# Refactoring the if Condition

Refactoring the if condition using our falsy value concept. Remember last week I talked about "Falsy Values". Here’s where it becomes handy. Since values in JS will evaluate to either true or false. You can leverage that concept to shorten your condition in the if statement. Whoa! isn’t your code so much cleaner! That’s why knowing your JS essentials are so important πŸ˜‰ πŸ‘

// Refactoring the `if` condition

let isPerson = false;

// ❌
if (isPerson === false)

// βœ… Much better
if (!isPerson)

# More Examples

If you're just checking if a value is truthy or falsy, you can skip the comparison and just pass in the value. Since the value will have a boolean equivalent - it will evaluate to either true or false.

let isPerson = false;

// ❌
if (isPerson === false)
if (isPerson === null)
if (isPerson === undefined)
if (isPerson === 0)
if (isPerson === "")
if (isPerson === NaN)

// βœ… Much better
if (!isPerson)

# Using falsy values in Ternary Operators

// ❌
isPerson === false ? 'πŸ‘»' : 'πŸ™‚';

// βœ… Much better
isPerson ? 'πŸ‘»' : 'πŸ™‚';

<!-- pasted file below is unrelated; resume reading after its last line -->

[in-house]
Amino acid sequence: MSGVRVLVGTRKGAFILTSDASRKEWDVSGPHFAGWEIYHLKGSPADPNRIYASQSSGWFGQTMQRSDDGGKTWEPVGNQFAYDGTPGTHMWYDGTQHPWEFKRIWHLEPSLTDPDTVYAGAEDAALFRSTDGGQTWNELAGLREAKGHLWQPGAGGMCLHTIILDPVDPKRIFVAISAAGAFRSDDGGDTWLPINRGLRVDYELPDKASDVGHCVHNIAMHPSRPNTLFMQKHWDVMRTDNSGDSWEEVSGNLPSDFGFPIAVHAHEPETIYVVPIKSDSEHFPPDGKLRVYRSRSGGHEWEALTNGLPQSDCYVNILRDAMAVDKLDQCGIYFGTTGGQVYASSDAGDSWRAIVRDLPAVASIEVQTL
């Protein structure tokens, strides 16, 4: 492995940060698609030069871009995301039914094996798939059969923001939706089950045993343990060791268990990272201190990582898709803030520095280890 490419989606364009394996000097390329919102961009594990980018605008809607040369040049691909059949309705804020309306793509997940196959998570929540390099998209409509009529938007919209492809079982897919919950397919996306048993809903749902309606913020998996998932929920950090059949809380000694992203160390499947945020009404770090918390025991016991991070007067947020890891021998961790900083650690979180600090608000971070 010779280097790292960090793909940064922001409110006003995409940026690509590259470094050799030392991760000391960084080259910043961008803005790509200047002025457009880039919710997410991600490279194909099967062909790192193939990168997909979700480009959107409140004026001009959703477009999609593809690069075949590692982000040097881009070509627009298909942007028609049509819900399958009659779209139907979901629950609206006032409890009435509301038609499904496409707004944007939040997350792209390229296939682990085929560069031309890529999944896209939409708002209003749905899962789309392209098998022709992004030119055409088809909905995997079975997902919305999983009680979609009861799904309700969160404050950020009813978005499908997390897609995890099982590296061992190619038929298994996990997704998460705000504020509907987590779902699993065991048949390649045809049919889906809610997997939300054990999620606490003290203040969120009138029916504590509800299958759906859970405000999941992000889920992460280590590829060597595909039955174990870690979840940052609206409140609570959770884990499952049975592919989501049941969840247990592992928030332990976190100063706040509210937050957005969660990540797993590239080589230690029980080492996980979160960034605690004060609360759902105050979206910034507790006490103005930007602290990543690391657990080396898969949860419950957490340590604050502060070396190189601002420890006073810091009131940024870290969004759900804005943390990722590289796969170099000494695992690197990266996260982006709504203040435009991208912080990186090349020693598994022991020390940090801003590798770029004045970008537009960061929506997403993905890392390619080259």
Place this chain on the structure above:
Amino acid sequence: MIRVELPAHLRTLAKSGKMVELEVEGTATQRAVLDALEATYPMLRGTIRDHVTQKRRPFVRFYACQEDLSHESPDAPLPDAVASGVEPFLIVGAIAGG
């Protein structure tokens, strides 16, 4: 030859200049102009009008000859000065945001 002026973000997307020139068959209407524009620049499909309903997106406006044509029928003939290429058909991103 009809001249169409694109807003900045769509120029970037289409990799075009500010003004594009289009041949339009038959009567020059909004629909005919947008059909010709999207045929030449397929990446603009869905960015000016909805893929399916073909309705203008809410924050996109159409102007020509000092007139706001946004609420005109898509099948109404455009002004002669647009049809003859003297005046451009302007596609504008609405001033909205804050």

# Community Examples

# false vs falsy value

Note the 2 statements are slightly different:

// This is checking if the value is a "false" value
if (isPerson === false)

// This is checking if value is "falsy"

Thanks: @RanqueBenoit

# Good Variable Names

@jsawbrey: I find the "is" naming convention also very helpful. I make them all the time. "isThisThing". In TypeScript, that naming convention helps a lot when making type guards.

@jsawbrey: if a function sets a variable, "setThing" is good. If a function toggles a variable (on/off, true/false), "toggleThing" is good.

Thanks: @jsawbrey

# Good Variable Name: On vs Handle

On the note of good variable names. Here's another cool example. This is an excerpt from Adam's medium article, Use React to make a photo follow the mouse.

@agm1984: Notice how we called the Class Methods handle rather than on. I like to remind people about the distinction between the two. on refers to the event on which we are doing something. handle refers to the action we are taking or the result of the event.

@agm1984: If we were delegating the handling up to a parent or calling back to some other location, we should use on. This is why you see callbacks that look like this:

<button onClick="{onClick}">

Thanks: @agm1984

# Resources

Related Tidbits